We must realize that every person deals with choices, feelings, and/or tendencies and propensities to sin but this does not give us license to condone sin. In answer to the "Why are we not having this conversation about any other sinful behavior?" question, its because this is the one that is continually forced upon us; and our silence is too often considered acceptance.

Every family has been and is affected by many sins. That should make us more loving and empathetic; and also more convinced of the wrongness and sinfulness of certain choices and behaviors. We should be more intent to rescue those in danger of perishing. Wherever depraved humans live, sin will rear its ugly head (and that ugly head will often be covered with a deceptive mask). We would do well to speak truth in an atmosphere of love rather than hide or obscure truth in an atmosphere of the fear of man or false acceptance.

So, what exactly are we called to do? How are we to respond? It depends on whether a person professes to be a Christian or not. In the context of unbelievers, we must lovingly and clearly call them to faith and repentance. We should love an unsaved person and not focus on their behavior, but on their standing with God. We should be more concerned with a person's eternal soul than the temporary out workings of sin in their life. We should not expect them to act like believers should act. But we must speak the truth. In the context of professing believers, we must call them to faith and obedience.

Any so-called brother needs to reflect it in their life. Fruit of the Spirit will be evident. We should absolutely expect them to act like believers should act. Therefore, the person who struggles with sin but doesn't want to act out is to be commended, comforted, and strengthened to do what is right; while the person who blatantly wants to live in a sinful lifestyle, not fighting it but rather celebrating it, must be corrected and called to repentance. That is the most loving and merciful response.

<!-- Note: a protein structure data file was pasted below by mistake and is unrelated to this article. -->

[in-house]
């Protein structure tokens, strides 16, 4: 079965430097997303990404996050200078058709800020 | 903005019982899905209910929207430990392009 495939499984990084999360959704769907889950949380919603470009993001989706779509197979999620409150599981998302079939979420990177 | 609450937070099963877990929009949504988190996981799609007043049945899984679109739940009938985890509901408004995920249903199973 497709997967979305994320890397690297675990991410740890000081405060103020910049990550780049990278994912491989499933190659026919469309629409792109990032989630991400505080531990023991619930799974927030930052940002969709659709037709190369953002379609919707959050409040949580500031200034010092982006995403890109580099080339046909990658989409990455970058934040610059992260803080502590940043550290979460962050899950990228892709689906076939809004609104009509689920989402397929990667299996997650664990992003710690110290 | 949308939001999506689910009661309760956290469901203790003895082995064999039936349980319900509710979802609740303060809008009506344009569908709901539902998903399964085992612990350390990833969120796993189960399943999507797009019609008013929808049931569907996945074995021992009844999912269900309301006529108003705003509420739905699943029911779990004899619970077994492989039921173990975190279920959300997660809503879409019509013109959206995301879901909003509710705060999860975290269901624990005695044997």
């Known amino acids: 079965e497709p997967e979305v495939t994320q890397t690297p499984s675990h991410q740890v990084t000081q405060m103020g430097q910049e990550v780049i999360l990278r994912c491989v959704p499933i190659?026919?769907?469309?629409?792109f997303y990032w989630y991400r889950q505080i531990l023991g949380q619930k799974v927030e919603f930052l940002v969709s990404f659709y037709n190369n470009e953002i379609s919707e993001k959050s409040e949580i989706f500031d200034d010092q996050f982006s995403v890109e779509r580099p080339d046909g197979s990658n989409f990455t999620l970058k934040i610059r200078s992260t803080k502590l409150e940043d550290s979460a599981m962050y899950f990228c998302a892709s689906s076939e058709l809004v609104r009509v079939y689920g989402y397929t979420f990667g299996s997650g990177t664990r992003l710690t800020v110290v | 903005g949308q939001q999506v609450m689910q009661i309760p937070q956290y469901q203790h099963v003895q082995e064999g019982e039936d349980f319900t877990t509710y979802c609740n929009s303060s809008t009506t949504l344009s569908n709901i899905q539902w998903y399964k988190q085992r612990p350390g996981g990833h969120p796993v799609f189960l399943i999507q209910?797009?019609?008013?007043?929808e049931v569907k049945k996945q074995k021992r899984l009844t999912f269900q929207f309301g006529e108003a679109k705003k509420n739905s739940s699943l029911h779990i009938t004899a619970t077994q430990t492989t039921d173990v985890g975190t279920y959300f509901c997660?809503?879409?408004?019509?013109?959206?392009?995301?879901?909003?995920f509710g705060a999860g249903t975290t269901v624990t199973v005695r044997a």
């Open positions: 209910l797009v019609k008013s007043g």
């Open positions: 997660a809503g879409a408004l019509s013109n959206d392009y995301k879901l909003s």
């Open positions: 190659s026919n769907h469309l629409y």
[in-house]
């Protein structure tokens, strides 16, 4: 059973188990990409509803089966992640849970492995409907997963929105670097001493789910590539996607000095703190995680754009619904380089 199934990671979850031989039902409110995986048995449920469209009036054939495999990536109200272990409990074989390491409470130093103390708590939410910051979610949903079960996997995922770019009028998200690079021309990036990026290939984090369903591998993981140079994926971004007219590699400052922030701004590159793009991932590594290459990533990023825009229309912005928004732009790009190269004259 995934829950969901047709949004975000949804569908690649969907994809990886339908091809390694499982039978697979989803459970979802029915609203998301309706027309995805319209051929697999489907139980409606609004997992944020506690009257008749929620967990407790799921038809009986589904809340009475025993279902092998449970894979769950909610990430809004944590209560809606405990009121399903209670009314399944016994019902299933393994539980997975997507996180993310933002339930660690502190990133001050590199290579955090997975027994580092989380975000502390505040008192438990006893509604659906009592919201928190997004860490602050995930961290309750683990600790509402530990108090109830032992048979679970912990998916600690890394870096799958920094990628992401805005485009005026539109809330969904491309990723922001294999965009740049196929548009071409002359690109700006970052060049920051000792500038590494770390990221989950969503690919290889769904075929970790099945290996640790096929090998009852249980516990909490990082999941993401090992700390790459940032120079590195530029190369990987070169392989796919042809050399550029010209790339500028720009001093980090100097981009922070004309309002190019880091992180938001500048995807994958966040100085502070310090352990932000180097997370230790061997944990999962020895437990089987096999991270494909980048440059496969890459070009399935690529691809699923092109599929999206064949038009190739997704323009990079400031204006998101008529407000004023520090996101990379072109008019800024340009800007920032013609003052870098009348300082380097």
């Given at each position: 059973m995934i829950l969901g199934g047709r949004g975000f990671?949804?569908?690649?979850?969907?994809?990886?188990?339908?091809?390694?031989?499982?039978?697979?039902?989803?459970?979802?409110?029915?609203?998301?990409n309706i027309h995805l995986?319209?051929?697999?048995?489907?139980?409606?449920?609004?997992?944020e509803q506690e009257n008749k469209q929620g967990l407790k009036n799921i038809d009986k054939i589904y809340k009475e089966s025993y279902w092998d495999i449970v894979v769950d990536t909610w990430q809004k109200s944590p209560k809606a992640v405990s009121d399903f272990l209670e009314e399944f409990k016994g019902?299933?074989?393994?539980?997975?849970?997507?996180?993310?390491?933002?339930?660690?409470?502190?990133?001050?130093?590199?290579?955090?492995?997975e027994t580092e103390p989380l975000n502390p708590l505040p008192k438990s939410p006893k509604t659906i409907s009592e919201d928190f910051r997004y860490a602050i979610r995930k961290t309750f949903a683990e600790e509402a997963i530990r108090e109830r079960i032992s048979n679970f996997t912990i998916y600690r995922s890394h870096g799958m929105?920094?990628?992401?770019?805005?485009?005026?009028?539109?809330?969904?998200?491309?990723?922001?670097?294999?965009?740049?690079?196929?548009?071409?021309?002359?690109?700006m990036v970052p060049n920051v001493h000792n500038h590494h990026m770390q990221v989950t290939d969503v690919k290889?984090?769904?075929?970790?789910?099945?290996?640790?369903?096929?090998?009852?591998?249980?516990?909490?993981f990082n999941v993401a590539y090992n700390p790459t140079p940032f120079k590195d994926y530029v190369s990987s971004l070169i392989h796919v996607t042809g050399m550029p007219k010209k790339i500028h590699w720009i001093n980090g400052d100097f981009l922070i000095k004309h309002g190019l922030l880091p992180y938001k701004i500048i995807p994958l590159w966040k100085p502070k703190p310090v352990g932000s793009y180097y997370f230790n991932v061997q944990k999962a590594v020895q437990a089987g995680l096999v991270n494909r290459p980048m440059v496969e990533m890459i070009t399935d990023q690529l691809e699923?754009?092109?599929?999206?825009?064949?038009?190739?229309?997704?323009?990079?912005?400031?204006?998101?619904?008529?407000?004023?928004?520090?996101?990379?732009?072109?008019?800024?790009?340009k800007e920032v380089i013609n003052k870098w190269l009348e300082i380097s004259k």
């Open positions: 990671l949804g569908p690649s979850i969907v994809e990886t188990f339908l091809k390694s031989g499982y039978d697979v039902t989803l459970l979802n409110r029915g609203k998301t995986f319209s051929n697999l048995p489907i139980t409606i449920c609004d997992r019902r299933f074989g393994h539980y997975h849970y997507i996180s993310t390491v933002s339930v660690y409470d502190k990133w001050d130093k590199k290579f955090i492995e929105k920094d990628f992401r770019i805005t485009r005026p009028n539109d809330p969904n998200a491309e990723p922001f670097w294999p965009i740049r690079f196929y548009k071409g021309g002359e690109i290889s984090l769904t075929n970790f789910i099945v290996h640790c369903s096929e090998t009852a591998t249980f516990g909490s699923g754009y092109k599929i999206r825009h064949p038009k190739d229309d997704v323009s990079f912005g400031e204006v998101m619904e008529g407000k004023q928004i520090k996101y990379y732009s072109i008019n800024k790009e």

Just so we are clear, if someone professes to be a true believer but chooses to persist blatantly in unrepentant sin, choosing to call that sin an acceptable lifestyle, then we find ourselves in a church discipline context. Will we live the truth and speak it with love and grace or fold under the pressure to accept a sinful lifestyle? The biblical question should be very clear to us and our response must be constrained by the Book. Love everyone, absolutely. Also, admonish the unruly (those who unrepentantly insist that sin is ok and persist in living on friendly terms with it need to be corrected not comforted). Encourage the faint hearted and help the weak (those struggling and doing battle with sin need to be helped and strengthened to flee from sin and make God-honoring choices in the face of temptation). Bottom line: We must not condemn people and we cannot expect unbelievers to act like believers.